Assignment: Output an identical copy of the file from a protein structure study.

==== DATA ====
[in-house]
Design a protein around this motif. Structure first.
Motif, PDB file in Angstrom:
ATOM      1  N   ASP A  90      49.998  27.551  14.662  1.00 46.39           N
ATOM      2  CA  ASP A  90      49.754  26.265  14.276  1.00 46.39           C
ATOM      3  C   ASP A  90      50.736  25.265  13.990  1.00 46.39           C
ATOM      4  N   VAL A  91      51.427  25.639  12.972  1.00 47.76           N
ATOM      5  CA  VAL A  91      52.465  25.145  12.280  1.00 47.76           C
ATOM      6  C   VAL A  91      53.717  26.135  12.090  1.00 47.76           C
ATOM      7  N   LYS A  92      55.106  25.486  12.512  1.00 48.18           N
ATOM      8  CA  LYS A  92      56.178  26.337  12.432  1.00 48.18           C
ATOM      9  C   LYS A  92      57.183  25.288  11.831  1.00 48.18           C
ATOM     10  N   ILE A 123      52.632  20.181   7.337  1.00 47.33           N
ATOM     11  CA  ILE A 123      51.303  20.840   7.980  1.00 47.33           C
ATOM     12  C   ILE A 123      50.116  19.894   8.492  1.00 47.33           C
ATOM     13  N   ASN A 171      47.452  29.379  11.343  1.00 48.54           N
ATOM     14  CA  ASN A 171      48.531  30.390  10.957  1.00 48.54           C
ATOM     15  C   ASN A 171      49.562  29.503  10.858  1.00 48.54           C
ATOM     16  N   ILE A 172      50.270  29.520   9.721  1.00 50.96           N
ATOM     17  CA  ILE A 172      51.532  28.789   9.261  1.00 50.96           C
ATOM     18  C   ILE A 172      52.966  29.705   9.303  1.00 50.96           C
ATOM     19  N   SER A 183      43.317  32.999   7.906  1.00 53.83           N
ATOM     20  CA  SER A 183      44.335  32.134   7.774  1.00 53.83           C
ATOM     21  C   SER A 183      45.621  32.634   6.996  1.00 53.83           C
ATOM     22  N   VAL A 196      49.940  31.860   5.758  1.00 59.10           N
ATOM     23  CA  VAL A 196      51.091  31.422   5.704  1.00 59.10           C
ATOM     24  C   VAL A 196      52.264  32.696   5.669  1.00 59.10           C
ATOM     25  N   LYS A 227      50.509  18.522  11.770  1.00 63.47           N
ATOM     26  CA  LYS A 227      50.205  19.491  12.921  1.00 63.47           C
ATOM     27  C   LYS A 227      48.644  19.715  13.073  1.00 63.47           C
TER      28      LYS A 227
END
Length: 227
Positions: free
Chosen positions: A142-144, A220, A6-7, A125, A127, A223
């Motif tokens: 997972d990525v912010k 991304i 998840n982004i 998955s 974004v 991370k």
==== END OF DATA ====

[in-house]
Design a protein around this motif. Structure first.
Motif, PDB file in Angstrom:
ATOM      1  N   ASP A  90      49.998  27.551  14.662  1.00 46.39           N
ATOM      2  CA  ASP A  90      49.754  26.265  14.276  1.00 46.39           C
ATOM      3  C   ASP A  90      50.736  25.265  13.990  1.00 46.39           C
ATOM      4  N   VAL A  91      51.427  25.639  12.972  1.00 47.76           N
ATOM      5  CA  VAL A  91      52.465  25.145  12.280  1.00 47.76           C
ATOM      6  C   VAL A  91      53.717  26.135  12.090  1.00 47.76           C
ATOM      7  N   LYS A  92      55.106  25.486  12.512  1.00 48.18           N
ATOM      8  CA  LYS A  92      56.178  26.337  12.432  1.00 48.18           C
ATOM      9  C   LYS A  92      57.183  25.288  11.831  1.00 48.18           C
ATOM     10  N   ILE A 123      52.632  20.181   7.337  1.00 47.33           N
ATOM     11  CA  ILE A 123      51.303  20.840   7.980  1.00 47.33           C
ATOM     12  C   ILE A 123      50.116  19.894   8.492  1.00 47.33           C
ATOM     13  N   ASN A 171      47.452  29.379  11.343  1.00 48.54           N
ATOM     14  CA  ASN A 171      48.531  30.390  10.957  1.00 48.54           C
ATOM     15  C   ASN A 171      49.562  29.503  10.858  1.00 48.54           C
ATOM     16  N   ILE A 172      50.270  29.520   9.721  1.00 50.96           N
ATOM     17  CA  ILE A 172      51.532  28.789   9.261  1.00 50.96           C
ATOM     18  C   ILE A 172      52.966  29.705   9.303  1.00 50.96           C
ATOM     19  N   SER A 183      43.317  32.999   7.906  1.00 53.83           N
ATOM     20  CA  SER A 183      44.335  32.134   7.774  1.00 53.83           C
ATOM     21  C   SER A 183      45.621  32.634   6.996  1.00 53.83           C
ATOM     22  N   VAL A 196      49.940  31.860   5.758  1.00 59.10           N
ATOM     23  CA  VAL A 196      51.091  31.422   5.704  1.00 59.10           C
ATOM     24  C   VAL A 196      52.264  32.696   5.669  1.00 59.10           C
ATOM     25  N   LYS A 227      50.509  18.522  11.770  1.00 63.47           N
ATOM     26  CA  LYS A 227      50.205  19.491  12.921  1.00 63.47           C
ATOM     27  C   LYS A 227      48.644  19.715  13.073  1.00 63.47           C
TER      28      LYS A 227
END
Length: 227
Positions: free
Chosen positions: A142-144, A220, A6-7, A125, A127, A223
């Motif tokens: 997972d990525v912010k 991304i 998840n982004i 998955s 974004v 991370k």